Apache 1.3.37 reviewDownload
The Apache HTTP Server Project is an effort to develop and maintain an open-source HTTP server for modern operating systems including
The Apache HTTP Server Project is an effort to develop and maintain an open-source HTTP server for modern operating systems including UNIX and Windows NT.
The Apache HTTP Server Project's goal of this project is to provide a secure, efficient and extensible server that provides HTTP services in sync with the current HTTP standards.
Apache has been the most popular web server on the Internet since April of 1996. The October 2004 Netcraft Web Server Survey found that more than 67% of the web sites on the Internet are using Apache, thus making it more widely used than all other web servers combined.
The Apache HTTP Server is a project of the Apache Software Foundation.
Here are some key features of "Apache":
On Unix systems with POSIX threads support, Apache can now run in a hybrid multiprocess, multithreaded mode. This improves scalability for many, but not all configurations.
New Build System:
The build system has been rewritten from scratch to be based on autoconf and libtool. This makes Apache's configuration system more similar to that of other packages.
Apache now has some of the infrastructure in place to support serving multiple protocols. mod_echo has been written as an example.
Better support for non-Unix platforms:
Apache 2.0 is faster and more stable on non-Unix platforms such as BeOS, OS/2, and Windows. With the introduction of platform-specific multi-processing modules (MPMs) and the Apache Portable Runtime (APR), these platforms are now implemented in their native API, avoiding the often buggy and poorly performing POSIX-emulation layers.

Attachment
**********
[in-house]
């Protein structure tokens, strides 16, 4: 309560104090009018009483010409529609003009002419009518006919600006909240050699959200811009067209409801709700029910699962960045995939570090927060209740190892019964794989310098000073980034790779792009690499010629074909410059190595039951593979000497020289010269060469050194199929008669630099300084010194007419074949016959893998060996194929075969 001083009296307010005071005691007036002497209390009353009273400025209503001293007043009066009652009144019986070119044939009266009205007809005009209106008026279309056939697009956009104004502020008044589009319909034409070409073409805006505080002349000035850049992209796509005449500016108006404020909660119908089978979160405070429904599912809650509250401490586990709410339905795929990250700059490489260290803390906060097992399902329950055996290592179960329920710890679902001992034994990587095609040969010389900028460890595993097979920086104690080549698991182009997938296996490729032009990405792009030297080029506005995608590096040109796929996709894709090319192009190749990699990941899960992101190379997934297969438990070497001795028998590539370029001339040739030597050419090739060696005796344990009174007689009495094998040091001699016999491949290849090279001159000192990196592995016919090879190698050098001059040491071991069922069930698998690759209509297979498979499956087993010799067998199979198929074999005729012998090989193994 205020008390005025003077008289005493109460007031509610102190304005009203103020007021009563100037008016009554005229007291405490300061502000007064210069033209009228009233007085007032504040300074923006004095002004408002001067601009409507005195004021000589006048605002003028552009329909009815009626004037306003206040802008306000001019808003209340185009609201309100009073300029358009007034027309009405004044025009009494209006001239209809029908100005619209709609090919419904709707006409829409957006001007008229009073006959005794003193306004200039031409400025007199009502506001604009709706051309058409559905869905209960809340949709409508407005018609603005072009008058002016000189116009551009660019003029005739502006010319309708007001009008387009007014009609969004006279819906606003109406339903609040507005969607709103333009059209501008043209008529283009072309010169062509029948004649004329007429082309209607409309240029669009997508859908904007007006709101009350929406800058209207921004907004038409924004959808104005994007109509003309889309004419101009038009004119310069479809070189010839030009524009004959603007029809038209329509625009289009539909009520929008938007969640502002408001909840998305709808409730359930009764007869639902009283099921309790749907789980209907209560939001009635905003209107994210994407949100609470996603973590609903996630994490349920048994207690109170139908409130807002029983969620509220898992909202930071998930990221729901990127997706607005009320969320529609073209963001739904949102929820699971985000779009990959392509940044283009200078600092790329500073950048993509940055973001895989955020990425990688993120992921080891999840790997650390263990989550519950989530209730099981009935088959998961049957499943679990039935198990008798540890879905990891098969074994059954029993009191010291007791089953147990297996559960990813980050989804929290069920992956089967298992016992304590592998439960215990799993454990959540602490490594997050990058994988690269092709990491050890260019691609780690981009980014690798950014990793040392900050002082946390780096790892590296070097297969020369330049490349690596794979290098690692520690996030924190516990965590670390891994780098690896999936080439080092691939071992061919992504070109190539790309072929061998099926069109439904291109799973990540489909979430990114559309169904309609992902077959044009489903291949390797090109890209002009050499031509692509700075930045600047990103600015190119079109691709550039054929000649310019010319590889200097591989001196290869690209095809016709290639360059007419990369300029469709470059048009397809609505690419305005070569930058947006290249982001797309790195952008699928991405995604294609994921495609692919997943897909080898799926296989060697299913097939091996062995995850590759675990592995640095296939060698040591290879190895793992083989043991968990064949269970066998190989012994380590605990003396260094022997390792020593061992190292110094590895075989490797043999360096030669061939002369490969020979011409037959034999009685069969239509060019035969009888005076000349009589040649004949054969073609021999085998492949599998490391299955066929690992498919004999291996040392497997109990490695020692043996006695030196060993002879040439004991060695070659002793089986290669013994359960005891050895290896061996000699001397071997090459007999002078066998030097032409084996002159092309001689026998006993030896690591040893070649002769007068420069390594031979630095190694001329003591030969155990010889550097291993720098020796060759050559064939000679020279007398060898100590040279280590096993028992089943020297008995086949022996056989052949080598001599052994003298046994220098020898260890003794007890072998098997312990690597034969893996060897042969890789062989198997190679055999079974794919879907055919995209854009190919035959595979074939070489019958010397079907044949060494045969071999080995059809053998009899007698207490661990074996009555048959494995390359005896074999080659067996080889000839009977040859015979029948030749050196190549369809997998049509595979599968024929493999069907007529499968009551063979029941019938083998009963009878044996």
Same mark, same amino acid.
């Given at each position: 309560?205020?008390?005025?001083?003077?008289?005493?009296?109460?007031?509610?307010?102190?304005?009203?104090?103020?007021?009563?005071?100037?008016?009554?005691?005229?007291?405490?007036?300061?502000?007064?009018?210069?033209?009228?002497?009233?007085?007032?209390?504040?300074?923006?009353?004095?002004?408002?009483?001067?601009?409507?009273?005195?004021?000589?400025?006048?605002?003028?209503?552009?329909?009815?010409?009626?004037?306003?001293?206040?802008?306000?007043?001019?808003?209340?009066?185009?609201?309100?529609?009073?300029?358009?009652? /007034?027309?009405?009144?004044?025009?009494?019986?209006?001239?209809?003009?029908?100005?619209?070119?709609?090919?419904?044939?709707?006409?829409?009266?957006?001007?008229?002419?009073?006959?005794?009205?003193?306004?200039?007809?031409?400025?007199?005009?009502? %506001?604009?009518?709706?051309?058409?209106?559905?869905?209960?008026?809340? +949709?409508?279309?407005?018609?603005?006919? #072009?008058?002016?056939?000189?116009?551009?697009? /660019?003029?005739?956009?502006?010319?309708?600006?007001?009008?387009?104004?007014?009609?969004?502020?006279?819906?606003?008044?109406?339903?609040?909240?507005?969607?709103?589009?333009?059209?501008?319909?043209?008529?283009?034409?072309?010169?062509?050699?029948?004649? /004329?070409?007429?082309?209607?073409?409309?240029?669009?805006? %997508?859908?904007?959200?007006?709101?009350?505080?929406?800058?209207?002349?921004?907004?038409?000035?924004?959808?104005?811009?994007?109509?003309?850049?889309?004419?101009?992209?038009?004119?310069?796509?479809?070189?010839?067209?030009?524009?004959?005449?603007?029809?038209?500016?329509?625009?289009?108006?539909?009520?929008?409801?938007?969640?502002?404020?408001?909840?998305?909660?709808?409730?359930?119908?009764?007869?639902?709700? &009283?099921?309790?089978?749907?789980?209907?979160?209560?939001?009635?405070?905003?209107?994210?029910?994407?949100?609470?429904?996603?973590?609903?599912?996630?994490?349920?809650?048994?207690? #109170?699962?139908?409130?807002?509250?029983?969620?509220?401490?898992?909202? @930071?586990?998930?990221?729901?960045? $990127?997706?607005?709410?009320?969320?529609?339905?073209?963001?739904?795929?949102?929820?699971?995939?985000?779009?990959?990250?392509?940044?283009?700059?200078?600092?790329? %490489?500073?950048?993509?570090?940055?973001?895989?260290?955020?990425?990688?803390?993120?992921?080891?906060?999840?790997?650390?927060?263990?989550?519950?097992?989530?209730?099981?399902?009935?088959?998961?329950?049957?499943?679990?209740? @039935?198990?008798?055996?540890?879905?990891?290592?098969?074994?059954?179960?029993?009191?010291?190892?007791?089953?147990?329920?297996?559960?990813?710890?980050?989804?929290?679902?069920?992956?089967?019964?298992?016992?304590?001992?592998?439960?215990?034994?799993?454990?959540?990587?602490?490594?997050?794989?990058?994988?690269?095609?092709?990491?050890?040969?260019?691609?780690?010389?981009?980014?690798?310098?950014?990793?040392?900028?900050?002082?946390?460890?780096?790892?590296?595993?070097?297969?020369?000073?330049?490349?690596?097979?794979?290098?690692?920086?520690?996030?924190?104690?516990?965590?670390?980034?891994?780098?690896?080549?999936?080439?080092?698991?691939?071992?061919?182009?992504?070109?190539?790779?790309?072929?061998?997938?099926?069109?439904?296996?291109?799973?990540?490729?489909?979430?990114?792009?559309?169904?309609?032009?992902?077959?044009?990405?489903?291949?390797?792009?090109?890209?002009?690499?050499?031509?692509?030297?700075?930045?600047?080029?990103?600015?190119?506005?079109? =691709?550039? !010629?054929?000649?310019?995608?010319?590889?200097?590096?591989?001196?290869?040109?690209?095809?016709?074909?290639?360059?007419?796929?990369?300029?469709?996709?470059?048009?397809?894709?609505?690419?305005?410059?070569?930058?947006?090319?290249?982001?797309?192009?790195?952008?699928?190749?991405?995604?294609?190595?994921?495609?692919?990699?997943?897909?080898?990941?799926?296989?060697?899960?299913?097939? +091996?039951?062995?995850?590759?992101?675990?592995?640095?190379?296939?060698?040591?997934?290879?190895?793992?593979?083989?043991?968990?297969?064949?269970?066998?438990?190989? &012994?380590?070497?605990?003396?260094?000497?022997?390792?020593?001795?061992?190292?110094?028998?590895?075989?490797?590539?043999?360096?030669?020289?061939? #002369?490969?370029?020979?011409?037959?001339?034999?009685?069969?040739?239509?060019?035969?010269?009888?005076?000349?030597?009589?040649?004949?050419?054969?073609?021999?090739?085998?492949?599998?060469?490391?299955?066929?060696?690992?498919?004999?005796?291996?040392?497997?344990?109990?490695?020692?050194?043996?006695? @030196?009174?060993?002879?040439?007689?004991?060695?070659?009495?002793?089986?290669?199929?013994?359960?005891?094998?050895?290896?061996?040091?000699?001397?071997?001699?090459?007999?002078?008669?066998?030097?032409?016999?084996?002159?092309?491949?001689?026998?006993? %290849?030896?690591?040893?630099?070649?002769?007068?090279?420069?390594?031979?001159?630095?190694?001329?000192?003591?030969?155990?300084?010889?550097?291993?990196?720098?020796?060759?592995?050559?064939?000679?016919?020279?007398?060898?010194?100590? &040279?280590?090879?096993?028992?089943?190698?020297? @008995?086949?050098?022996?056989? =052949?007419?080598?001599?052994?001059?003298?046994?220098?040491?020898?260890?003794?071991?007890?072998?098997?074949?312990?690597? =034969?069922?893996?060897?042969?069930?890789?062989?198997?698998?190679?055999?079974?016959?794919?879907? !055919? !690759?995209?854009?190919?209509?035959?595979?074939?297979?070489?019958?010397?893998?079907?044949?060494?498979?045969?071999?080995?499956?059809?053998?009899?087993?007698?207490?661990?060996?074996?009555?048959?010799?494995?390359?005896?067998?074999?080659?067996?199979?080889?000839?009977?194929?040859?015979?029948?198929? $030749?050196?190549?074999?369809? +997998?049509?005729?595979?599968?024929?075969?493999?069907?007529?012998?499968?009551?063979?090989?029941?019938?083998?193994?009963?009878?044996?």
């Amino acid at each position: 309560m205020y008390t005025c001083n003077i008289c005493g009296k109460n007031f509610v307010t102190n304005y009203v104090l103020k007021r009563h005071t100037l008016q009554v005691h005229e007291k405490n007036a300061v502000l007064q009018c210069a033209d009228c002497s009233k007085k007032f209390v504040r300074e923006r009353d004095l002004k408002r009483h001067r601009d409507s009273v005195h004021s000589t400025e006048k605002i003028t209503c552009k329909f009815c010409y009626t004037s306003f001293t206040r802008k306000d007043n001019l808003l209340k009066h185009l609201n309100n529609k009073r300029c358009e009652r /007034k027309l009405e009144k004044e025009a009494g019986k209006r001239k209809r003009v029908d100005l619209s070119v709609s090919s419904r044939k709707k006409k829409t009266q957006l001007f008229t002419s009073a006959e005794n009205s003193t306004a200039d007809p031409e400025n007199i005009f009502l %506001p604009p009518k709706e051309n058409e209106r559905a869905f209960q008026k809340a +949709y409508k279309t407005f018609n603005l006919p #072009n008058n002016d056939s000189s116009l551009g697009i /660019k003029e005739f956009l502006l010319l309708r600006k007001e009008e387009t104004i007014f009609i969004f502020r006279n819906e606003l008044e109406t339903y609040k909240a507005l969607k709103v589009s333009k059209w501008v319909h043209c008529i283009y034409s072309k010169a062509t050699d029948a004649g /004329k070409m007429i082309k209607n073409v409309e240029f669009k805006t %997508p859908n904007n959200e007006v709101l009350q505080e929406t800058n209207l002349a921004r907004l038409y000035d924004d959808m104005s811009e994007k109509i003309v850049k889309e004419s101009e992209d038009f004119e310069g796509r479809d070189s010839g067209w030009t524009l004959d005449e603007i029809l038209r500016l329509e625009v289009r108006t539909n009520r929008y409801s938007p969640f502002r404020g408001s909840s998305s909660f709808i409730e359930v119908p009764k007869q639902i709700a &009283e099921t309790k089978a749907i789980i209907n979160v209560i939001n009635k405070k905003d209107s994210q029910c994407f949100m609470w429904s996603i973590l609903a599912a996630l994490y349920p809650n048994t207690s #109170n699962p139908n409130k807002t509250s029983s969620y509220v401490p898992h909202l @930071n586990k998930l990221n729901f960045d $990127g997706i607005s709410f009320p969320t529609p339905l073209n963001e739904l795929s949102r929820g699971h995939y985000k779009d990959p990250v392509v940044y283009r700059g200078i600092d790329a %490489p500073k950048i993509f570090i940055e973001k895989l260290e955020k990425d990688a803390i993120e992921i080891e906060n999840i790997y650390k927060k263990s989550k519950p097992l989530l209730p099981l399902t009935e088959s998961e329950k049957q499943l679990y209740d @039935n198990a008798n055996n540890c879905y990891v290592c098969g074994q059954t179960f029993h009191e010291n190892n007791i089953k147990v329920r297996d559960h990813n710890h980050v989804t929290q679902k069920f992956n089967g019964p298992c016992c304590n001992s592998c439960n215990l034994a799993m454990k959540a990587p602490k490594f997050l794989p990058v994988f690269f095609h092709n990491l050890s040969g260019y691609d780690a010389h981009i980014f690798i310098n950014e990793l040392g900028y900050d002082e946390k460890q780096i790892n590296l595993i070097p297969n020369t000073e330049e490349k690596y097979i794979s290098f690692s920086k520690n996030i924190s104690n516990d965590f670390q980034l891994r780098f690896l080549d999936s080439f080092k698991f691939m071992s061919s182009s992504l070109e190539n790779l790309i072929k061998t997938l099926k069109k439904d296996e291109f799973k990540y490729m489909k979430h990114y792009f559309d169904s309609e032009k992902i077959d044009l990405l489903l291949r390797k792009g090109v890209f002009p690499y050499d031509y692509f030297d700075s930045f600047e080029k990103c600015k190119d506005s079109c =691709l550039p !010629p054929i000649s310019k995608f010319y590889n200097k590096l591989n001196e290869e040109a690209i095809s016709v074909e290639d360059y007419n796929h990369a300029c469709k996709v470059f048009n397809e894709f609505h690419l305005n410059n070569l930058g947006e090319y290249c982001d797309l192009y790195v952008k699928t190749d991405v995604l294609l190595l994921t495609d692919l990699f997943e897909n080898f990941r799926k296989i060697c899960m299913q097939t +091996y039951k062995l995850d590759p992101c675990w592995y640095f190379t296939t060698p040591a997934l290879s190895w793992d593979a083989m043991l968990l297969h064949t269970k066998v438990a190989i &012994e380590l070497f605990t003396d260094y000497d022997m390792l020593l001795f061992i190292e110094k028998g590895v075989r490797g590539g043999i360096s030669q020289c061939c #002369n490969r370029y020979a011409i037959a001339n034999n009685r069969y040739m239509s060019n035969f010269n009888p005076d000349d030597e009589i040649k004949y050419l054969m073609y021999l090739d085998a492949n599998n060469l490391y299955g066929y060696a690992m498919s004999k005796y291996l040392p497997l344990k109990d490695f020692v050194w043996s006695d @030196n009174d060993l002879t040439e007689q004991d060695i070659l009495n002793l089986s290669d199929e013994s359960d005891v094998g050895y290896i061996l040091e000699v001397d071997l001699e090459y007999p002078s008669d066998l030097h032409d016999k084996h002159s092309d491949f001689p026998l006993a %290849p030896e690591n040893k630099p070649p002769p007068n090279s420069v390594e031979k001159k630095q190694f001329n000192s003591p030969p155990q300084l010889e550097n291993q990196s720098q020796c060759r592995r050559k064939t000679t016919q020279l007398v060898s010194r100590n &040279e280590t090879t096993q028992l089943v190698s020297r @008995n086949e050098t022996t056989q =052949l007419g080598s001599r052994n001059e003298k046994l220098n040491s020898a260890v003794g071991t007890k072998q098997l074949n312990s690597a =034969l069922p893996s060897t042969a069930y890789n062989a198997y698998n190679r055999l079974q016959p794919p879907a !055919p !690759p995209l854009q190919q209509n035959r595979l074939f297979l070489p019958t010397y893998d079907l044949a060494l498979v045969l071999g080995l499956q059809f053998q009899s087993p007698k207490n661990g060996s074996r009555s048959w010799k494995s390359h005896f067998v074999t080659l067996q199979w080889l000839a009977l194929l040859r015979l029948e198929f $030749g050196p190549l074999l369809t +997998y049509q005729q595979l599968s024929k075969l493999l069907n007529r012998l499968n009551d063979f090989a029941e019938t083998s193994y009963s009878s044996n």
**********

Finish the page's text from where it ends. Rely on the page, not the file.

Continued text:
New Apache API:
The API for modules has changed significantly for 2.0. Many of the module-ordering/-priority problems from 1.3 should be gone. 2.0 does much of this automatically, and module ordering is now done per-hook to allow more flexibility. Also, new calls have been added that provide additional module capabilities without patching the core Apache server.
On systems where IPv6 is supported by the underlying Apache Portable Runtime library, Apache gets IPv6 listening sockets by default. Additionally, the Listen, NameVirtualHost, and VirtualHost directives support IPv6 numeric address strings (e.g., "Listen [fe80::1]:8080").
Apache modules may now be written as filters which act on the stream of content as it is delivered to or from the server. This allows, for example, the output of CGI scripts to be parsed for Server Side Include directives using the INCLUDES filter in mod_include. The module mod_ext_filter allows external programs to act as filters in much the same way that CGI programs can act as handlers.
Multilanguage Error Responses:
Error response messages to the browser are now provided in several languages, using SSI documents. They may be customized by the administrator to achieve a consistent look and feel.
Many confusing directives have been simplified. The often confusing Port and BindAddress directives are gone; only the Listen directive is used for IP address binding; the ServerName directive specifies the server name and port number only for redirection and vhost recognition.